To come down to my own experience, my companion and I, for I sometimes have a companion, take pleasure in fancying ourselves knights of a new, or rather an old, order, — not Equestrians or Chevaliers, not Ritters or Riders, but Walkers, a still more ancient and honorable class, I trust. ~Henry David Thoreau, "Walking"

Climb the mountains and get their good tidings. Nature's peace will flow into you as sunshine flows into trees. The winds will blow their own freshness into you, and the storms their energy, while cares will drop off like autumn leaves. As age comes on, one source of enjoyment after another is closed, but Nature's sources never fail. ~John Muir, Our National Parks

Walking, when it can be borne for an hour or two without fatigue, is, of all exercises, the best. It is that which nature intends for us. There is no other accompanied with such a uniform and regular action of the muscles and joints; and from the valvular structure of the veins of the extremities, it is better fitted than any other to promote the circulation, and consequently all the functions of the system. It is also the most agreeable mode of exercise. Our desire for it, when it has been long withheld, becomes excessive. ~A. P. Wilson Philip, M.D. (1770–1847), "Of Exercise and Change of Air in Indigestion"  [This wording is from an 1824 edition. Philip began publishing the volumes that contained this excerpt in approximately 1799, but the wording was much drier and quite brief. Somewhere in between those years he "rendered it more useful to the practitioner." Thank goodness! Here's a tidbit about this physician: He was born Alexander Philips Wilson but changed his name to Alexander Philips Wilson Philip about age 40, and so his published writings are under two different names and surnames. —tεᖇᖇ¡·g]

I, who cannot stay in my chamber for a single day without acquiring some rust, and when sometimes I have stolen forth for a walk at the eleventh hour, or four o'clock in the afternoon, too late to redeem the day, when the shades of night were already beginning to be mingled with the daylight, have felt as if I had committed some sin to be atoned for, — I confess that I am astonished at the power of endurance, to say nothing of the moral insensibility, of my neighbors who confine themselves to shops and offices the whole day for weeks and months, aye, and years almost together. I know now what manner of stuff they are of, — sitting there now at three o'clock in the afternoon, as if it were three o'clock in the morning. ~Henry David Thoreau, "Walking"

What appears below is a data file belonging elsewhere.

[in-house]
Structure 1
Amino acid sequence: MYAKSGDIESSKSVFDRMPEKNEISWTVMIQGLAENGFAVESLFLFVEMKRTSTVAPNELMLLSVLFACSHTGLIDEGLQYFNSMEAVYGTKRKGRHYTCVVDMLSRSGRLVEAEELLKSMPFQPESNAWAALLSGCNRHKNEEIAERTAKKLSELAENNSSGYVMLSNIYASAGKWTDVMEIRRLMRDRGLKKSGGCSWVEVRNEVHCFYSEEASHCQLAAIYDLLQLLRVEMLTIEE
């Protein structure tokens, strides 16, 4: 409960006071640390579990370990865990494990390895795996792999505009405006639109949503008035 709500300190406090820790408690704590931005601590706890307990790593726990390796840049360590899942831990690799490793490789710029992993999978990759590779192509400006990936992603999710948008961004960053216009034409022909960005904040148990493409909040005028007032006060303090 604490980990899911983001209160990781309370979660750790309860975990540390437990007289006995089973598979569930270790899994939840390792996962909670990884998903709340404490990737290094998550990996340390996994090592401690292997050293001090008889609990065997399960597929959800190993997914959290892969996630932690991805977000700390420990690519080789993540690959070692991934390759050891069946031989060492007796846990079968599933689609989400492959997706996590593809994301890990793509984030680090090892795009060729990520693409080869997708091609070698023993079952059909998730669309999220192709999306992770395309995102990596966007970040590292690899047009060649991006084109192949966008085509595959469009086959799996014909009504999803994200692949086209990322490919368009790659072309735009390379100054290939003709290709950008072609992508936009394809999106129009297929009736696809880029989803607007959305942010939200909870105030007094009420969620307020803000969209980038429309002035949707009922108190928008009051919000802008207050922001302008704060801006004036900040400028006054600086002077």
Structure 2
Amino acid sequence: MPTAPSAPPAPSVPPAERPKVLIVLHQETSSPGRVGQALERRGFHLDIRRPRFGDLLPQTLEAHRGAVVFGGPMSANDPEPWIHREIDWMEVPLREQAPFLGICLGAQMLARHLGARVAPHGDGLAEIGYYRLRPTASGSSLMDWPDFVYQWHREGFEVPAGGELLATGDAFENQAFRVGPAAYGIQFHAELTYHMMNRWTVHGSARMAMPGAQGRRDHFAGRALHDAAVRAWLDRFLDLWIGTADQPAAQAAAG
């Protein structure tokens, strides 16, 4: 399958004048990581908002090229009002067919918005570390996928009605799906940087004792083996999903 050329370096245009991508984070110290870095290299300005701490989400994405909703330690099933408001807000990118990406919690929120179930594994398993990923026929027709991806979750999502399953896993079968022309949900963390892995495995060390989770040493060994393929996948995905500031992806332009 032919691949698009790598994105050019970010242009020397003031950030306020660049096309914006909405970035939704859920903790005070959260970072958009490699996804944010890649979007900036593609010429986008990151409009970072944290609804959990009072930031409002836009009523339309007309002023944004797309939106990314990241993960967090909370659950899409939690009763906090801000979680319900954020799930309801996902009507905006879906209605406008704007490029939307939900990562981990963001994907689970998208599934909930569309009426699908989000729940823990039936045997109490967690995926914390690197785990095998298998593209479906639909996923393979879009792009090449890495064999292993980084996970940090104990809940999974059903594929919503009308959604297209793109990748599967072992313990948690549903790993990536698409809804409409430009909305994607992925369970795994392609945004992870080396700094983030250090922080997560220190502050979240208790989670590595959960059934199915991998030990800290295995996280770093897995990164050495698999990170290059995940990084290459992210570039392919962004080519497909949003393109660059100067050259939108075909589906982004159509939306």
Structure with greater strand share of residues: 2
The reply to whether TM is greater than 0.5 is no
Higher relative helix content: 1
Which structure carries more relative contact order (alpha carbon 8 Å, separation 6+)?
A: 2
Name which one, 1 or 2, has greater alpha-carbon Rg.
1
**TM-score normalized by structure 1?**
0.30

But the walking of which I speak has nothing in it akin to taking exercise, as it is called, as the sick take medicine at stated hours... but is itself the enterprise and adventure of the day. If you would get exercise, go in search of the springs of life. Think of a man's swinging dumbbells for his health, when those springs are bubbling up in far-off pastures unsought by him! ~Henry David Thoreau, "Walking"

Only the explorer of steep and narrow trails inaccessible to cattle makes acquaintance with flowers in a grazing country. The large scale of all the physical features of California tends to monotony of vegetable life. The same trees cover miles of country. Only those who climb find variety. ~Isabella G. Oakley, "Santa Barbara of Today," in Sunset, May 1904

Walking is good for solving problems — it's like the feet are little psychiatrists. ~Terri Guillemets

The wise man when he goes out for a walk will take his body along with him. ~Stephen Leacock, "The Human Body — Its Care and Prevention," The Garden of Folly, 1924

Now, the true charm of pedestrianism does not lie in the walking, or in the scenery, but in the talking. The walking is good to time the movement of the tongue by, and to keep the blood and the brain stirred up and active; the scenery and the woodsy smells are good to bear in upon a man an unconscious and unobtrusive charm and solace to eye and soul and sense; but the supreme pleasure comes from the talk. It is no matter whether one talks wisdom or nonsense, the case is the same, the bulk of the enjoyment lies in the wagging of the gladsome jaw and the flapping of the sympathetic ear. ~Mark Twain

Who that knows the trail from Mill Valley to Bolinas, by way of Willow Camp, can ever forget the enchanting beauty of the panorama that unfolds before the vision? The tenderest tenderfoot forgets the toil of climbing in contemplation of its delights and surprises. ~Eufina C. Tompkins, "Story of Two California Artists," in Sunset, June 1904

Walking gets the body moving, the blood moving, the mind moving. And movement is life. ~Terri Guillemets

The Night walked down the sky
With the moon in her hand...
~Frederic Lawrence Knowles, "A Memory," Love Triumphant, 1904

You need special shoes for hiking — and a bit of a special soul as well. ~Terri Guillemets

Backpacking: An extended form of hiking in which people carry double the amount of gear they need for half the distance they planned to go in twice the time it should take. ~Author unknown

Hiking is just walking where it's okay to pee. ~Demetri Martin

Don't let people drive you crazy when you know it's in walking distance. ~Author unknown